Commission working on safety plan for future reopening
By J.R. TIDWELL / Editor
The Chilton County Commission is putting together a safety plan to help keep both employees and others safe when it comes to COVID-19.
According to Chairman Joseph Parnell, the Commission needs to have a plan in place before the state government begins to reopen government offices to the public.
He and the other commissioners discussed the issue at length during the entity’s meeting on April 28 via phone conference.
Parnell said the Commission may need to call a special work session to hash out the details of the sanitation plan.
It is anticipated that quarantine regulations will lessen around the middle of May. As such, the Commission voted to label all county employees as “essential” and bring them back to work May 1 in order to begin cleaning and preparing their respective locations for the upcoming increase in foot traffic.
“We need to decide how, when and where to clean,” Parnell said. “We need to discuss things like adding plexiglass dividers, having hand sanitizer, wipes and cleaner available. We need to make sure we have PPE (personal protective equipment) like safety masks for our employees.”
Social distancing guidelines dictate leaving at least a 6-feet span in between individuals. As such, Probate Judge Jason Calhoun marked distances on the floor with from his employees’ windows to where visitors should stand, but Parnell said these markings are often ignored.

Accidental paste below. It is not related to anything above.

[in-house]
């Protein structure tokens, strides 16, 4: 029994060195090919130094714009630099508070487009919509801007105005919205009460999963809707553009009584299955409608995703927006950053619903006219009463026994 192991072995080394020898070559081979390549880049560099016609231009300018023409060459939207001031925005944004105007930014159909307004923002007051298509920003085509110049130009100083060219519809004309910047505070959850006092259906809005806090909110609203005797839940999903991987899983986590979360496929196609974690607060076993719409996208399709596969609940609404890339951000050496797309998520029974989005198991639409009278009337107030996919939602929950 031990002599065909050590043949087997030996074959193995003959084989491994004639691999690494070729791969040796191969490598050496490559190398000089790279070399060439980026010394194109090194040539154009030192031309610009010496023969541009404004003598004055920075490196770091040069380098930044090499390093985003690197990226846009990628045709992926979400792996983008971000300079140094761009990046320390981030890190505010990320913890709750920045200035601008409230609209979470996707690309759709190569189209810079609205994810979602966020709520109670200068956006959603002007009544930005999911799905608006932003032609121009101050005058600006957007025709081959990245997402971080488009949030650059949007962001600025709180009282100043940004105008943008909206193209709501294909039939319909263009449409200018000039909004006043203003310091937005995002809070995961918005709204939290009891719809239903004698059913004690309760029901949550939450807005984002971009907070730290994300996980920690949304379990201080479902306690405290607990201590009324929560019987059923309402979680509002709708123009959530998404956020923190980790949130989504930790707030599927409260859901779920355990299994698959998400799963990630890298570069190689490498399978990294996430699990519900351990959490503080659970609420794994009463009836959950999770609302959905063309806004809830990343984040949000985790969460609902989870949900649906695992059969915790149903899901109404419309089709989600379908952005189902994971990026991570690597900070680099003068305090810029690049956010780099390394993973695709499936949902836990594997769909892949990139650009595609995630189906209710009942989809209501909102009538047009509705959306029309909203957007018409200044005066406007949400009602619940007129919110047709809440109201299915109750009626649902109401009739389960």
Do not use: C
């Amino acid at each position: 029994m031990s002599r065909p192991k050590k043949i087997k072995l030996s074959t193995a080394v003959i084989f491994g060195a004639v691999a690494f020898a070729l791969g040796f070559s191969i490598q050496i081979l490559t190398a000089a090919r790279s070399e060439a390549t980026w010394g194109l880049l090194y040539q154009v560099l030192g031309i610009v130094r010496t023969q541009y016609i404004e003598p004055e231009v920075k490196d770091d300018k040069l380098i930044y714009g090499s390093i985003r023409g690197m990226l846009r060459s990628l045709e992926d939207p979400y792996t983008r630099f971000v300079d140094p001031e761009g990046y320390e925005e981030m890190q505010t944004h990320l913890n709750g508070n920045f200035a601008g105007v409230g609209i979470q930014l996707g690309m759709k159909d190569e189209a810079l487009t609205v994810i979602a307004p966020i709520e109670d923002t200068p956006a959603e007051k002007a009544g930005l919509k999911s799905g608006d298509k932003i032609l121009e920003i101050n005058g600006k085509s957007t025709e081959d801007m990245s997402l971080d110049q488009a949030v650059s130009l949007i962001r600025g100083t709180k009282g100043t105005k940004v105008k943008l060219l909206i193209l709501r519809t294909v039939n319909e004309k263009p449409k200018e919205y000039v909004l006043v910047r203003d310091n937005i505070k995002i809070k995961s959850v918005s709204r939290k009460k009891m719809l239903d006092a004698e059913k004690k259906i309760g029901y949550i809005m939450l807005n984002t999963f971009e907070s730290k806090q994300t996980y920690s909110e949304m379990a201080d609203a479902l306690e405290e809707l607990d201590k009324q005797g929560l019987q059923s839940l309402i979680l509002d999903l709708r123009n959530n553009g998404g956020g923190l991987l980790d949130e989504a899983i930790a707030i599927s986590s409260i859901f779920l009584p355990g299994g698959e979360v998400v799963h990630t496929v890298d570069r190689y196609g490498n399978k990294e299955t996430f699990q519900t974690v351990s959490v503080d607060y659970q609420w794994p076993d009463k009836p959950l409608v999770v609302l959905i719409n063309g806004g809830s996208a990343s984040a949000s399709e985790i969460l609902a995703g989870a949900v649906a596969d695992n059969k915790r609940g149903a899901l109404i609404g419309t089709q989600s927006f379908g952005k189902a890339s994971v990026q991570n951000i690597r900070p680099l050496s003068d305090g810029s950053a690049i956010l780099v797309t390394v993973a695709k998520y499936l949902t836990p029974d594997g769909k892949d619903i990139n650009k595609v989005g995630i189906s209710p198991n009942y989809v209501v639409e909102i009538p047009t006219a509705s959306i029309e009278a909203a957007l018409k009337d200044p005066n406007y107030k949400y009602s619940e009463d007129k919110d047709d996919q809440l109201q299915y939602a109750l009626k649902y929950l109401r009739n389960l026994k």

In order to help protect his employees and enforce the distancing rule, Calhoun ordered tables that will create a physical barrier in between the windows and visitors so the 6-feet rule is always enforced.
Parnell said the CDC is recommending temperatures be taken at the door of both employees and visitors, and the other commissioners discussed how such a feat would be accomplished, and by whom.
Members of the Chilton County Sheriff’s Office working the front door of the courthouse would likely be tasked with administering the checks, and it was pointed out that infrared thermometers would probably work best given their speed of use and lack of physical contact with those being tested.
If such testing began, all employees would be required to enter the building through the front door. Anyone found with a fever would be sent home to reduce the risk of spreading disease to others in the facility.
By J.R. TIDWELL / Editor Jimmy Ruff, left, stands in The Selma-News Journal pressroom with publisher Shelton Prince in this... read more